Why the NZ history we're teaching matters

6:06 am on 20 September 2017

Opinion - Two former prime ministers are among those calling for more New Zealand colonial history to be taught in schools. Here, Jim Hay-Mackenzie explains how far we've come and where we've got to go.

Whina Cooper and Henry VIII

Dame Whina Cooper and Henry VIII of England: Why are some schools still choosing to teach Tudor-Stuart history over New Zealand's own past? Photo: Alexander Turnbull Library / Google Cultural Institute

As a kid I loved history because it was a subject about perspectives.

At school, I learnt about the important men and women of history. Understanding the perspectives of Stalin, Hitler, Michael Joseph Savage or Dame Whina Cooper meant understanding how the modern world was shaped.

Later, I learnt that those who wrote about history also had different perspectives, manipulating how we viewed the past.

I learnt that history was not only about leaders, but workers, women and the dispossessed.

When I started teaching in the mid 1990s, the history topics we taught were prescribed. Many of them were the same I was taught at school; my mother commented she had done some of the same topics in the 1960s.

Some New Zealand topics were taught during fifth and sixth form (Year 11 and 12), while seventh form students (Year 13) had the choice of either Tudor-Stuart England or New Zealand in the 19th century.

For schools, the Tudor-Stuart option was the most popular, showing that New Zealand was yet to completely break from its colonial past.

Despite the prescribed nature of the topic, I still enjoyed how students could empathise with people from the past - and how history could help them grow into tolerant and informed adults.

I remember teaching the history of social welfare in New Zealand to middle-class Pākehā students. This was about the time the National government was dismantling the welfare system, and many of their parents were strong National Party supporters.

Despite this, students were able to understand how welfare had benefited society in the past and today.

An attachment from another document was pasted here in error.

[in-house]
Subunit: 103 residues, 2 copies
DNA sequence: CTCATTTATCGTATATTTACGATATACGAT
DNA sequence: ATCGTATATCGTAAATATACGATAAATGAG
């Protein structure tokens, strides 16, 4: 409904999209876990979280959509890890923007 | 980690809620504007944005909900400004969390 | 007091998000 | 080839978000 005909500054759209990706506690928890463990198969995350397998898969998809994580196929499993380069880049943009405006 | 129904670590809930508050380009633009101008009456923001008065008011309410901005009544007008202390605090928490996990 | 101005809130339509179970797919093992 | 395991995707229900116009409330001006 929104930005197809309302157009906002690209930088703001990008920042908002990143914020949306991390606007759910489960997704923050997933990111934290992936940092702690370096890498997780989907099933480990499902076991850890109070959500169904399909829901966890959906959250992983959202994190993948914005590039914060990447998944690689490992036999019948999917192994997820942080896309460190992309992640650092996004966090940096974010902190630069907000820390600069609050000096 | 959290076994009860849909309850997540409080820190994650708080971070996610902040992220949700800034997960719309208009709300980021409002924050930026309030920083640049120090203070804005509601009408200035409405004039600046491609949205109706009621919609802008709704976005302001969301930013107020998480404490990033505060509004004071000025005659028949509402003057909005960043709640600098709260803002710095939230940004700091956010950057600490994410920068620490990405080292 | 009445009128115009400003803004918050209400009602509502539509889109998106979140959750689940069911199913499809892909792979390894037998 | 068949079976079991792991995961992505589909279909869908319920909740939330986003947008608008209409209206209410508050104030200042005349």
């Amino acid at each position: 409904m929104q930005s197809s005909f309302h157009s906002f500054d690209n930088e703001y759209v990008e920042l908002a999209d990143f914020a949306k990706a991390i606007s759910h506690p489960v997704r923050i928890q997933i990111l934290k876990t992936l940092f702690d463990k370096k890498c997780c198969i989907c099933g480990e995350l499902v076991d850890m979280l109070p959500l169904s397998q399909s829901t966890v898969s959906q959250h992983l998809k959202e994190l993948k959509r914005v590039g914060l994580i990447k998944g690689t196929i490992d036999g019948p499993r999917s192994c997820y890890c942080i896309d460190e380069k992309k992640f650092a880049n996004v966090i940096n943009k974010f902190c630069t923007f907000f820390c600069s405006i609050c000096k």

In recent years, a new curriculum and re-alignment of NCEA assessments has allowed greater freedom for history teachers. With broad achievement objectives and the end of prescribed topics, teachers are allowed to develop courses based on the interests and background of their students.

Many teachers have embraced this freedom. A quick look on the New Zealand History Teachers' Facebook page shows teachers dealing with a diverse range of events and topics, such as Hiroshima, Parihaka and Rwanda.

The traditional World War I and World War II topics are also taught, but with a specific focus on how different groups and people (such as conscientious objectors, Māori and women) viewed and were affected by war.

However, the old topics and perspectives of history persist. It astounds me that the Tudor and Stuart period is still taught in New Zealand classrooms. Some teachers are still dependent on history textbooks that I used in the 1990s. The grand narratives are still alive and well in some classrooms, such as New Zealand's so-called united patriotic response to WWI.

The teaching of history now needs to evolve further. In New Zealand / Aotearoa, there are still histories yet to be told.

Place-based education is an approach where teachers can make direct links to the students' local history. It requires more than just teaching a New Zealand topic, but focussing on topics that are important to the students, their community and area.

Te Takanga o te Wā, a new framework for teaching Māori history from Year 1 to Year 8, is one way teachers can be responsive to iwi, hapū and whānau perspectives.

It is not only what we teach, but how we teach.

History teachers can be notoriously chalk-and-talk. Teachers need to use methods that allow students to share their culture and knowledge in their learning, rather than the teacher being the fount of all knowledge. Rather than focussing on the recall of historical facts, we need to teach 21st century skills such as critical thinking, collaboration and problem solving.

Perspectives are still pivotal to history. For the subject to remain relevant, educators need to recognise the range of different experiences in their classroom and community.

Jim Hay-Mackenzie is deputy principal at Flaxmere College in Hawke's Bay and has taught history for 20 years.

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